For some reason, when I saw this month's Daring Baker's challenge, I was a bit nervous. I think that the thought of braiding the bread was the concern. In the end, it ended up being simple...and fun! May’s Daring Bakers’ Challenge was pretty twisted – Ruth from The Crafts of Mommyhood challenged us to make challah! Using recipes from all over, and tips from “A Taste of Challah,” by Tamar Ansh, she encouraged us to bake beautifully braided breads.
D is loving these challenges recently since we've had so much bread. This month he has been on an away rotation, she we haven't gotten to see much of each other; but as I mentioned in my last post, I was able to work my schedule so that I got to go visit him and his family. I baked the challah a few days before I went and took a loaf with me.
By the time I left, there was just a very little left. I think everyone liked it. The texture of the challah reminded me of a croissant on the outside - very flaky - but was nice and soft of the inside.
One morning, I made French Toast for our breakfast. This is the perfect bread for French toast as the dry outside just soaks up the custard. Mmmm...I highly recommend trying it if you have any challah...or decide to make some. Thanks for a great challenge.
Ruth's "Go-To" Whole Wheat Challah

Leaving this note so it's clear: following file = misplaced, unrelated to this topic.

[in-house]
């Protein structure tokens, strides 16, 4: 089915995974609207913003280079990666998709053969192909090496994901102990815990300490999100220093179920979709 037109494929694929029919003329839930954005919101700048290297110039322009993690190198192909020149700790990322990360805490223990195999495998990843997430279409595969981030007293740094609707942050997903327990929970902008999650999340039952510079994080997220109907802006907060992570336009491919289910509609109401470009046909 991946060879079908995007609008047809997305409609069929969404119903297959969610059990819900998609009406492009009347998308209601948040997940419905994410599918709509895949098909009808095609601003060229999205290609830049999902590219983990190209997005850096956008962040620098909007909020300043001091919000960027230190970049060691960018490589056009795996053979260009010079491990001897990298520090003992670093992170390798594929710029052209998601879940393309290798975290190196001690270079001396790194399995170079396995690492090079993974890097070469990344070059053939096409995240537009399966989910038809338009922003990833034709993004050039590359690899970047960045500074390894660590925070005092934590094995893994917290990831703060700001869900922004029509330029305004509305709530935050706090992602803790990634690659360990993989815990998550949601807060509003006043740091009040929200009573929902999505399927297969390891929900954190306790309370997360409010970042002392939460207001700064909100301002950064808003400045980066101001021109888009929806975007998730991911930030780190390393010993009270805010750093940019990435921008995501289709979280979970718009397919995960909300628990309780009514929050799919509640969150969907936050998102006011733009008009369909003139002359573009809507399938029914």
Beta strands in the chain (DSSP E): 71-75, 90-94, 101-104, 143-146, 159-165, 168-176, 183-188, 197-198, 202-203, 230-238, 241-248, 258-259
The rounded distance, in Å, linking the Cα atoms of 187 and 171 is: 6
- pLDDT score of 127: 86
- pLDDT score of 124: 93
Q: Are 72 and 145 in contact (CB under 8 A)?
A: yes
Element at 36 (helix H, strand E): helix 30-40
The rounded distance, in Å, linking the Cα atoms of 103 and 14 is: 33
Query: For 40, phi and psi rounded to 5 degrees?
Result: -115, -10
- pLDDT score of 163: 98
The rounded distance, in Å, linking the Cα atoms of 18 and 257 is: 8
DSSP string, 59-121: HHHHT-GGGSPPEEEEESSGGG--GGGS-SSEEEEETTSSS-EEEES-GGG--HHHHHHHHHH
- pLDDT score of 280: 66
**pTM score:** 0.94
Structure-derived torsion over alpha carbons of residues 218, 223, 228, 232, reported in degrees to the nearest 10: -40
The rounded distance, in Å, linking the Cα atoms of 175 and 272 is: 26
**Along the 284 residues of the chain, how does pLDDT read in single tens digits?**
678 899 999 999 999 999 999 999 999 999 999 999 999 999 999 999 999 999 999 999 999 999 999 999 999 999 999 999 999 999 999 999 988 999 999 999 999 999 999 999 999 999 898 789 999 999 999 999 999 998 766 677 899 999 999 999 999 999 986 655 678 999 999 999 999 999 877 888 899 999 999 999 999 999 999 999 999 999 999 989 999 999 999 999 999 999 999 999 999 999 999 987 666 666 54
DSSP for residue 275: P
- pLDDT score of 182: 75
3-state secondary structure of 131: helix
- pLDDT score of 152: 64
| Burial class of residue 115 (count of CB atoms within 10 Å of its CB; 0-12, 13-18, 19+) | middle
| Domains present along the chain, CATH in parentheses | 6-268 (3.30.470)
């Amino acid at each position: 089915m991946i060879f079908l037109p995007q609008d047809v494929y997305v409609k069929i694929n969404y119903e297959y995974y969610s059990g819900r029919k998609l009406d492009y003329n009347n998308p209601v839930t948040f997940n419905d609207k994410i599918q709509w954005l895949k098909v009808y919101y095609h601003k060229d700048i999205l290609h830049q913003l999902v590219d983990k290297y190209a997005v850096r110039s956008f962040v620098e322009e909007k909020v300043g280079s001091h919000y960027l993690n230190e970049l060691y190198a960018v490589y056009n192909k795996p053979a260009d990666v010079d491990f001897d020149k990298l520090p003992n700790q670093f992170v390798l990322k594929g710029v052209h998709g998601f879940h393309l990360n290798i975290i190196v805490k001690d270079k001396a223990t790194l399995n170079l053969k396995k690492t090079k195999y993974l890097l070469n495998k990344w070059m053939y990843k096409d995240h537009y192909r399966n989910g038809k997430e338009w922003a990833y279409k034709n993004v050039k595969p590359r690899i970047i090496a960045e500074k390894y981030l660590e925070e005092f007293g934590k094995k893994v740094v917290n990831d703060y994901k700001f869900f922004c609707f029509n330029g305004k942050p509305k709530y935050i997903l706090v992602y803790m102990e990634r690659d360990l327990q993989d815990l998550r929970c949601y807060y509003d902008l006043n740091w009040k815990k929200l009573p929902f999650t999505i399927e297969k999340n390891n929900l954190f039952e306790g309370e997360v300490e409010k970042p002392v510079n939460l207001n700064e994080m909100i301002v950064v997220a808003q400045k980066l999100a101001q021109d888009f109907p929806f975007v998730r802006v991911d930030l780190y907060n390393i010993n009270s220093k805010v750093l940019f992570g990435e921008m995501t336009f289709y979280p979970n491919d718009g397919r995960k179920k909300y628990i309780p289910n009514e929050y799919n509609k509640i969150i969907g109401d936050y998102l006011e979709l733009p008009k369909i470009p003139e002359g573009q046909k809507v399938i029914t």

(adapted from D’s Whole Wheat Challah)
2 (.25 oz.) packages (4½ teaspoons) (22½ ml) (15 gm) (½ oz) dry yeast
1 cup warm water
½ cup brown sugar, firmly packed
½ cup (one stick) margarine or unsalted butter – room temperature
2 tsp. salt
3 large eggs
1 1/2cups whole wheat flour
2 1/2 cups all-purpose flour
½ cup rolled oats (Old Fashioned work just fine!)
Additional flour for kneading (½ to 1 cup)
1 egg beaten with 1 tsp. water for glaze
In the bowl of your stand mixer, dissolve yeast in warm water. Allow to stand about 5 minutes until creamy/foamy.With paddle attachment beat 3 eggs, sugar, margarine (or butter),
whole wheat flour, all purpose flour and oats into the yeast mixture. Combine eggs and margarine/butter
with yeast mixture until well mixed. Add flours and oats and mix until
it becomes difficult to mix.
Once combined, switch to the dough hook and knead for 5 to 10 minutes
until smooth and elastic, adding flour as/if needed. If kneading by
hand, this should take about 10-12 minutes. Form dough into a round, compact ball. Turn in oiled bowl, cover
with a kitchen/tea towel. Let rise in warm area (I put it in the oven
with the light on) until doubled, approx. 2 hours.
Once dough has doubled, punch down. Recover with towel, allow to
rise again for an hour, but even 30 minutes will be fine if you’re in a
hurry. Punch the dough down again, divide in two.
Shape each half as desired (3, 4 or 6 strand braid, rolls, etc.).
Place shaped loaves onto parchment covered baking trays. Cover with the
towel and allow to rise another hour.
Preheat oven to 350 degrees. Brush loaves with egg wash. (Sprinkle with vanilla sugar/sesame seeds/poppy seeds/other topping here if desired) Bake 30 to 40 min. until the loaf sounds hollow when tapped on the bottom. Transfer loaves to a wire rack to cool before serving.